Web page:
- We also note in the report the increase in the incarceration of young women with disabilities. Through a normative, ableist, sexist and racist school system, we find that racialized girls and young women with disabilities are particularly affected by this problem. We also highlight in our report, the conditions experienced by girls with precarious immigration statuses in detention centers. Imprisonment linked to immigration affects girls and young women who are migrants and without status. The Canadian Council for Refugees denounced the presence of children in detention centers. In 2018-2019, according to the CCR, Canada detained more than 118 children. These children, who were criminalized because of their migratory status, were also found to be detained in traumatic environments. An open letter signed by more than 2,000 health care professionals in Canada stresses that these conditions of detention will have negative consequences on the health of these children, and could result in the creation of disabilities in children in the long term.
- The report also puts a spotlight on Indigenous girls and young women with disabilities living on reserves (located far from major urban centers) who have to deal with the daily colonial and racial discrimination that contribute to hampering their lives and their development.
- The report highlights that girls and young women with disabilities face obstacles in accessing inclusive and empowering sex education. Their sexual and reproductive rights are limited and their gender identities and sexual orientations are seldom respected. Given the various data we have collected, we also know that girls and young women with disabilities facing different systems of oppression are at higher risk of having their reproductive rights hampered and of being sterilized without consent.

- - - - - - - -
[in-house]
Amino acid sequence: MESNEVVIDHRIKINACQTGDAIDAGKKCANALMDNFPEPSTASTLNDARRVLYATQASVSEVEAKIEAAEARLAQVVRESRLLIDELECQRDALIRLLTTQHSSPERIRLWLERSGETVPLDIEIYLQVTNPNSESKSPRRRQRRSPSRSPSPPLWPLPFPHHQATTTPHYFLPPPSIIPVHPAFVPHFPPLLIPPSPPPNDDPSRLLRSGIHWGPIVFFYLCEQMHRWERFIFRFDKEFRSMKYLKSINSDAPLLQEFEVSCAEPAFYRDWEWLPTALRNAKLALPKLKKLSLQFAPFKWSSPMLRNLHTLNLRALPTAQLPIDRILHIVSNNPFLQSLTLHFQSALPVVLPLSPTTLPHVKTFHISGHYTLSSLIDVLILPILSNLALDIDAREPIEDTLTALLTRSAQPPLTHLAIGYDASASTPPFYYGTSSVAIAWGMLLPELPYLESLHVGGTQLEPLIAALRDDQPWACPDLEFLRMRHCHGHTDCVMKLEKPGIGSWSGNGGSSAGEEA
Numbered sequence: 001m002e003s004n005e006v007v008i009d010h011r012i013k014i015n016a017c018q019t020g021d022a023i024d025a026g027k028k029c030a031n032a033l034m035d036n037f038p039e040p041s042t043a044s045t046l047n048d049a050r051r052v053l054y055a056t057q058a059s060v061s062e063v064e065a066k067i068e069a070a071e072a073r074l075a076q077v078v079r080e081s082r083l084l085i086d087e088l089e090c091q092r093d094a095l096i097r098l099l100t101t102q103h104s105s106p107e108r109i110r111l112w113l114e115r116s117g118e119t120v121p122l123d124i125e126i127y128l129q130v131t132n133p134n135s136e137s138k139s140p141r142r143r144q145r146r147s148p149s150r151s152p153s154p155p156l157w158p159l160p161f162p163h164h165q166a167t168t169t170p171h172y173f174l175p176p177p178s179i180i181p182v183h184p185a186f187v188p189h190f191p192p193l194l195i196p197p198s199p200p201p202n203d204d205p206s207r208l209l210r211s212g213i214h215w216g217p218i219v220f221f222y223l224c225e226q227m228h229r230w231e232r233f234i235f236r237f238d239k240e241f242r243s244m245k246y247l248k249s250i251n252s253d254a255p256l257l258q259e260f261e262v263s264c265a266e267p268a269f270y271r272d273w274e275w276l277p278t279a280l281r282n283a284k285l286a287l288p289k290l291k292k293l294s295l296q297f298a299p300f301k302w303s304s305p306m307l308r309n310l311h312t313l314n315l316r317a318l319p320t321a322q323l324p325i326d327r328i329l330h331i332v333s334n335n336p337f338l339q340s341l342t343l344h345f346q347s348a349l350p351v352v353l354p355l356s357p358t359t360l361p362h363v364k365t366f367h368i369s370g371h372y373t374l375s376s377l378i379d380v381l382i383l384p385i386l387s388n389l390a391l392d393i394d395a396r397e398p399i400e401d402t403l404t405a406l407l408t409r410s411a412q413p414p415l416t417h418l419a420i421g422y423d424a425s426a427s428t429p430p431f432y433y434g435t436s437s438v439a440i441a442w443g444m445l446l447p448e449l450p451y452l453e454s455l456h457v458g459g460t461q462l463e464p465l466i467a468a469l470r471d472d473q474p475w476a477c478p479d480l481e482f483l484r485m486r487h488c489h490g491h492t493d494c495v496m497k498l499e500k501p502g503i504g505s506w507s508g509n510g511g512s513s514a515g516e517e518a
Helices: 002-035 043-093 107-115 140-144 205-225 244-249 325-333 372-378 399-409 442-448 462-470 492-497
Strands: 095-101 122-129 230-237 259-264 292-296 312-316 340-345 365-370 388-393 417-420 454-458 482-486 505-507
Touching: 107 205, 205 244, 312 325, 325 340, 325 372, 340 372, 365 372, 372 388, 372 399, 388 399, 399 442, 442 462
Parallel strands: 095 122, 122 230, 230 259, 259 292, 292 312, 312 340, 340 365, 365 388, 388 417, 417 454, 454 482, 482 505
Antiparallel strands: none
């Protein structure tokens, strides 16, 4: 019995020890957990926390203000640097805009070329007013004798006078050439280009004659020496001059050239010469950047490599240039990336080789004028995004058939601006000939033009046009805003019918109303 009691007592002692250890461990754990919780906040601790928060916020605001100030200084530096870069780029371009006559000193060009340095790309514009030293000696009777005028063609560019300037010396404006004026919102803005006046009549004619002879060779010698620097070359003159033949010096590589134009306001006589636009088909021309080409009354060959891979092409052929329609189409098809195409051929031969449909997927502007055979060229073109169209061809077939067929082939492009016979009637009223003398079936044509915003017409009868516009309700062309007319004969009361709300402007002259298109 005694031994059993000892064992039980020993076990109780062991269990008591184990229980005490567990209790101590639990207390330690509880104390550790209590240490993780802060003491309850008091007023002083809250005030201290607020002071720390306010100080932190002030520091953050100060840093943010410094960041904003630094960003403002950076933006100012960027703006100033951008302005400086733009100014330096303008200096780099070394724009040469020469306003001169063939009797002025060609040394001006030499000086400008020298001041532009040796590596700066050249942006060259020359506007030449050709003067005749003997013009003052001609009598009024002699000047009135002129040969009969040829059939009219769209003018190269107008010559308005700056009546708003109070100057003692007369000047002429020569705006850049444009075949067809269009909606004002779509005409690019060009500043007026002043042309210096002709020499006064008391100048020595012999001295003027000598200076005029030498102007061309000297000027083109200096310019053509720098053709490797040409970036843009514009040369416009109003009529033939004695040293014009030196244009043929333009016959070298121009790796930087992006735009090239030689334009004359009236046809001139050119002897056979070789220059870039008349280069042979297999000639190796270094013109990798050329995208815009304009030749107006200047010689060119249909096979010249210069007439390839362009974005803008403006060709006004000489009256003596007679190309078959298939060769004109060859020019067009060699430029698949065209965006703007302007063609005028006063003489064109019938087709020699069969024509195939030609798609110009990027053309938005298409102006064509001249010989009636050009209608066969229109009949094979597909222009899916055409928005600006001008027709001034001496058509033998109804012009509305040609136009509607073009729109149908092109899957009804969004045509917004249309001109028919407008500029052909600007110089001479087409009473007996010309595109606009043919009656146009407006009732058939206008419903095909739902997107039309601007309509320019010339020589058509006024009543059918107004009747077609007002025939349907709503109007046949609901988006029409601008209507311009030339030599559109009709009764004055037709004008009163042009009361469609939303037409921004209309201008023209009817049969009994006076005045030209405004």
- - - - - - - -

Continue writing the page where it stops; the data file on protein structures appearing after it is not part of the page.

- The literature specifically relating to youth with disabilities who identify as 2SLGBTQIAP+ (Refers to two-spirited, lesbian, gay, bisexual, trans, queer, intersex, asexual / aromatic, pansexual and more) denounces, among other things, the imposition of heteronormative standards when it comes to gender identity and / or sexual orientation.
- Access to education is a right that is particularly reduced for girls and young women with disabilities living in Canada. Studies show that many school spaces remain inaccessible. Accommodation problems thus limit their access to new knowledge, to the development of their full potential and also the possibility of creating and strengthening relationships.
- The participation of girls and young women with disabilities in leisure and sports activities have significant positive effects on their self-esteem. However, the report shows that despite the importance of their participation in these activities, girls and young women with disabilities remain underrepresented. Accessibility is still a major barrier, and our collaborations to make programs for girls more inclusive show us that a tremendous amount of work still remains to be done in creating more awareness about what ableism is and how it functions in order to better serve the needs of girls and young women with disabilities.
- And the final highlight I’m going to mention is how girls and young women with disabilities are often isolated, which hampers their ability to build social circles and emotional ties. Our work has allowed us to show that spaces that allow girls and young women with disabilities to forge such links are particularly important.
The Girls Without Barriers project has been funded for another four years until 2024 and in that period, we plan to do qualitative research that directly allows us to hear the direct experiences of girls with disabilities and Deaf girls.